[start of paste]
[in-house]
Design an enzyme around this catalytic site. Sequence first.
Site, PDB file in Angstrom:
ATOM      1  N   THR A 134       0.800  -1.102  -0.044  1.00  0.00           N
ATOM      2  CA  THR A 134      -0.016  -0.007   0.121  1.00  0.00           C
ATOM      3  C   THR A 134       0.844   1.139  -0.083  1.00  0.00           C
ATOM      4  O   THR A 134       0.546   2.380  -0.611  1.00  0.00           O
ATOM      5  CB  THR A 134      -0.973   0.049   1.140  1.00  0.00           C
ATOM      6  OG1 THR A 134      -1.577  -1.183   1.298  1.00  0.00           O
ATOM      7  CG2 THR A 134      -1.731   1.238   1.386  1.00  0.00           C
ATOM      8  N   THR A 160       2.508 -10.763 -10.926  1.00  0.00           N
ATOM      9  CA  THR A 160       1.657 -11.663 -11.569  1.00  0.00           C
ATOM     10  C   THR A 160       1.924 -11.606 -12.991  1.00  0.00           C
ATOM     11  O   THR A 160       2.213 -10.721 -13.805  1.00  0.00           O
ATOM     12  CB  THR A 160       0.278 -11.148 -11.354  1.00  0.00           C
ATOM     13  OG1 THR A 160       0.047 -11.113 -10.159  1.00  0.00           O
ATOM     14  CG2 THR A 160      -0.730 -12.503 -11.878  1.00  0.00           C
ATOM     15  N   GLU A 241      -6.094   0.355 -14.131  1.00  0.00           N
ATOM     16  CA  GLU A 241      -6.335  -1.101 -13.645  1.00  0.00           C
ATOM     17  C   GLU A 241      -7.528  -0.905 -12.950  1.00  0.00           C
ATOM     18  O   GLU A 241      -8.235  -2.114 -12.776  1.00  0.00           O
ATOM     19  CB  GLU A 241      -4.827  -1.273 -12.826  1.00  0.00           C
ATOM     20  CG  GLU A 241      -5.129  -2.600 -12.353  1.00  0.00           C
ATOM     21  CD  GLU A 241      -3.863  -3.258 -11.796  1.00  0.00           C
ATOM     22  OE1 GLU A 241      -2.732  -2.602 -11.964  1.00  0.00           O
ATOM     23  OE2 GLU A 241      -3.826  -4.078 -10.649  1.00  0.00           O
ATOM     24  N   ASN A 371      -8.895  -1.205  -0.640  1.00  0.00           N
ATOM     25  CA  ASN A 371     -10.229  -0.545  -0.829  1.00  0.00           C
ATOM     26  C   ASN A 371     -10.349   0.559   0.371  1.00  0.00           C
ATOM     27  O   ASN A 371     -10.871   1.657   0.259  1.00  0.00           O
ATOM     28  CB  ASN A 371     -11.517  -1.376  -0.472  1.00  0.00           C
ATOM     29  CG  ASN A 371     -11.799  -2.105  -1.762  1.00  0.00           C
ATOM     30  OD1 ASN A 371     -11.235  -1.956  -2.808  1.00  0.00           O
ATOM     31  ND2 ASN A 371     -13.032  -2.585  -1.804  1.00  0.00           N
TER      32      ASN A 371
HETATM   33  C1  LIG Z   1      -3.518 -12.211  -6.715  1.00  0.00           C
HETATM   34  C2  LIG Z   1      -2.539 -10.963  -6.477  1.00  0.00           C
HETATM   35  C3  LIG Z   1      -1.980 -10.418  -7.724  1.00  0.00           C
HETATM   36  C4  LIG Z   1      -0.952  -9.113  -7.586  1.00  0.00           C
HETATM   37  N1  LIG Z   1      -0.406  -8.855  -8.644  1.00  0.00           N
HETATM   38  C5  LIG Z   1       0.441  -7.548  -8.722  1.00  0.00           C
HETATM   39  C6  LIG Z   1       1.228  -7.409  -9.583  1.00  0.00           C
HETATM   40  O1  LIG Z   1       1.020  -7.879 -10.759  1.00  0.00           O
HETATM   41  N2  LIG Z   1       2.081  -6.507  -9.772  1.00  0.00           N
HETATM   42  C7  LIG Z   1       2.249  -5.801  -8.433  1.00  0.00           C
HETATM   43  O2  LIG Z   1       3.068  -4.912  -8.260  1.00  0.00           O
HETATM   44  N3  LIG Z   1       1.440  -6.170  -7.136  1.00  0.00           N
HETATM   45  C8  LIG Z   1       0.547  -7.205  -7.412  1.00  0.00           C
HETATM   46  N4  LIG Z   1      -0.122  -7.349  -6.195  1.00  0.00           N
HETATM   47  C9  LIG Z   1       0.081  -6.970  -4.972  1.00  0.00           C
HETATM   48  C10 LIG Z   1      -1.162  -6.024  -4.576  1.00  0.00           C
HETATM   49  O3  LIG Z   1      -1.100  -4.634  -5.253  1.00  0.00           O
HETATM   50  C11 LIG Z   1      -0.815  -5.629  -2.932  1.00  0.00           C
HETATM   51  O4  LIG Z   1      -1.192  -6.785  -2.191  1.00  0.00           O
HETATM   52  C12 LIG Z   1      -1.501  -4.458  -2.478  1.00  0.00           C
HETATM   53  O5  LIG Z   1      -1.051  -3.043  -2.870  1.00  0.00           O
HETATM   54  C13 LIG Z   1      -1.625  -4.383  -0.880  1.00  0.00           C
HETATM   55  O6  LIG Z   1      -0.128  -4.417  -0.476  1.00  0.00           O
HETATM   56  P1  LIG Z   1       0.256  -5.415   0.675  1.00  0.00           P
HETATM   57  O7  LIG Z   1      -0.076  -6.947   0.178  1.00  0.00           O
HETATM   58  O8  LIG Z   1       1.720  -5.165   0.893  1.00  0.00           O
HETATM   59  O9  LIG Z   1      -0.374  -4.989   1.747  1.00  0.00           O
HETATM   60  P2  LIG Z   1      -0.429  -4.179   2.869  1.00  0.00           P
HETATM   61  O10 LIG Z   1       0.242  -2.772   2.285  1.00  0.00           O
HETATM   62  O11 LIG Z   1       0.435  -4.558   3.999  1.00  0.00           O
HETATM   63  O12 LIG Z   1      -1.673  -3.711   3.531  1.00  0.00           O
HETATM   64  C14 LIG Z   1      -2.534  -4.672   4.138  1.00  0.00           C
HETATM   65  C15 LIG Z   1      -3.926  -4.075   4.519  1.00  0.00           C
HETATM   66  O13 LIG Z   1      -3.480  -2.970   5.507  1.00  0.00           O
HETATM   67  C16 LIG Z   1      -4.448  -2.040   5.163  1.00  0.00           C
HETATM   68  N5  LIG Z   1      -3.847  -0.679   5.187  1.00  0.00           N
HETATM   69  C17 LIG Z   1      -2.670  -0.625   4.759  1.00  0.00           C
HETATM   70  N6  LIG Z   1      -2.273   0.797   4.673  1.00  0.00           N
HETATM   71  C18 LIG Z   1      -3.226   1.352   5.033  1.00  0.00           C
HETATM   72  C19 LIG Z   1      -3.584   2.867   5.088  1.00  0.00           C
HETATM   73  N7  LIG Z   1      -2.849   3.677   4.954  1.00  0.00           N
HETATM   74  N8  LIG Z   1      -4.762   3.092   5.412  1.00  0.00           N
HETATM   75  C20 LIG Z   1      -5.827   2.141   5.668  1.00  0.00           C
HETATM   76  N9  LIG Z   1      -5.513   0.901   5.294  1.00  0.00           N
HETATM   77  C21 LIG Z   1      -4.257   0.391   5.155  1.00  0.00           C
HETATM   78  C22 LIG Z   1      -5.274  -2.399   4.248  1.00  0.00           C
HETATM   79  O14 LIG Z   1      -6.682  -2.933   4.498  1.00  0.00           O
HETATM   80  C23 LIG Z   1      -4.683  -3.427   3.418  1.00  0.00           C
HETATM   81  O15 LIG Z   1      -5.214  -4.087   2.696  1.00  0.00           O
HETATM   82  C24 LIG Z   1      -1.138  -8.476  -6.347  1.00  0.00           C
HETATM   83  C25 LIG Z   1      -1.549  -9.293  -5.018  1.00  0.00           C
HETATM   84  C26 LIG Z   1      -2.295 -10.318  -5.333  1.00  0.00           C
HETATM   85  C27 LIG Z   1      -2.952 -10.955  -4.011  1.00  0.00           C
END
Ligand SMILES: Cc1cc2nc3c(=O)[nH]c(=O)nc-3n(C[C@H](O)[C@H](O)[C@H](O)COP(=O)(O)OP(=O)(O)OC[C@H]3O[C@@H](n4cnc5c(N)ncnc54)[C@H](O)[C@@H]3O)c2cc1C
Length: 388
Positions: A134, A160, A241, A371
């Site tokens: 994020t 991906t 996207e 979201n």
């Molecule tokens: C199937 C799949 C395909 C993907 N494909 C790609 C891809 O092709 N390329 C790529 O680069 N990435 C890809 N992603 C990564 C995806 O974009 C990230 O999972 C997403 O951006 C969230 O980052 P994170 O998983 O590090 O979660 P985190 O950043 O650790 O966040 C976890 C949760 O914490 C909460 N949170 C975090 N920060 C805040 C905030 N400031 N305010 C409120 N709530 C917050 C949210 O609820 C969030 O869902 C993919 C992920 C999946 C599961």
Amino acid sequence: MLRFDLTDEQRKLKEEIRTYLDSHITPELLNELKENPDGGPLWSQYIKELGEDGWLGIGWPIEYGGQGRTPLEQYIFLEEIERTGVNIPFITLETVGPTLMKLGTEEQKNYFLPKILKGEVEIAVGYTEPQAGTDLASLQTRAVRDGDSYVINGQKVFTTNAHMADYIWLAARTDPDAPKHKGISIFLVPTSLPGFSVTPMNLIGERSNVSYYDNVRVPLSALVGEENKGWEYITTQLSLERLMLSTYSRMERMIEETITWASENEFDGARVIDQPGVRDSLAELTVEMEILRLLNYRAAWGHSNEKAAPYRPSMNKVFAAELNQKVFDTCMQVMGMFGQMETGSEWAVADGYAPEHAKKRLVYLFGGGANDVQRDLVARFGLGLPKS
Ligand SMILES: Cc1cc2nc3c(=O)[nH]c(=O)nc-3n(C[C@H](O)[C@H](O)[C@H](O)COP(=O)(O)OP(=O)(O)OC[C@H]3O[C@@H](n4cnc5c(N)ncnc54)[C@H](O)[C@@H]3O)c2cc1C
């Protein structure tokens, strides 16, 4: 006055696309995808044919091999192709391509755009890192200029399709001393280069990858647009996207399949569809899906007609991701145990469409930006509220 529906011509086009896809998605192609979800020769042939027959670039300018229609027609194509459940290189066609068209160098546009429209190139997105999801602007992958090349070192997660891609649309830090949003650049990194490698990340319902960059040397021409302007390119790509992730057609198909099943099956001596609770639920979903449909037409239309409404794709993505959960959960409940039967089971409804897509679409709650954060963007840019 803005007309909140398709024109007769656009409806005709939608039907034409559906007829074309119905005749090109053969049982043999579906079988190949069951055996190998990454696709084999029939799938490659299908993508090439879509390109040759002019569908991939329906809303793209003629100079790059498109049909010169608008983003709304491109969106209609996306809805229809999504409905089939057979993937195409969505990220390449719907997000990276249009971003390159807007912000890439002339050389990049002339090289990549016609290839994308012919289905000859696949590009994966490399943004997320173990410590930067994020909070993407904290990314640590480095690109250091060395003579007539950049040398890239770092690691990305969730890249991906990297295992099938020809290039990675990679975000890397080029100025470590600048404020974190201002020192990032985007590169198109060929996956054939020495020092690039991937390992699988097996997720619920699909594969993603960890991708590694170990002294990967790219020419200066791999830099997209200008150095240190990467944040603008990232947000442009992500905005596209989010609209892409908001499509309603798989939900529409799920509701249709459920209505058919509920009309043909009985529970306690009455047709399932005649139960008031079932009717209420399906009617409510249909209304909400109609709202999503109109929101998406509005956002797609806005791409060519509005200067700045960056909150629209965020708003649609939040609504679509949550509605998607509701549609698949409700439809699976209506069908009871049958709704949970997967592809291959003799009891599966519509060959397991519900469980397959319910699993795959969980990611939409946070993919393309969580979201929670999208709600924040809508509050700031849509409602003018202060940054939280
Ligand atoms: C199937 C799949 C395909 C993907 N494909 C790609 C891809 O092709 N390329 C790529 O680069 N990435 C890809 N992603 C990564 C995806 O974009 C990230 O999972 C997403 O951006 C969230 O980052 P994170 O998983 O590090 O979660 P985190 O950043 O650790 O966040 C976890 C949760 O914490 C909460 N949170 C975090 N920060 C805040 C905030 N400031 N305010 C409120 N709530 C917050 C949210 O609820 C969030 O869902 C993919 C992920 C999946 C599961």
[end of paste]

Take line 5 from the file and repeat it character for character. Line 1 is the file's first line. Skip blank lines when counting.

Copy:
ATOM      2  CA  THR A 134      -0.016  -0.007   0.121  1.00  0.00           C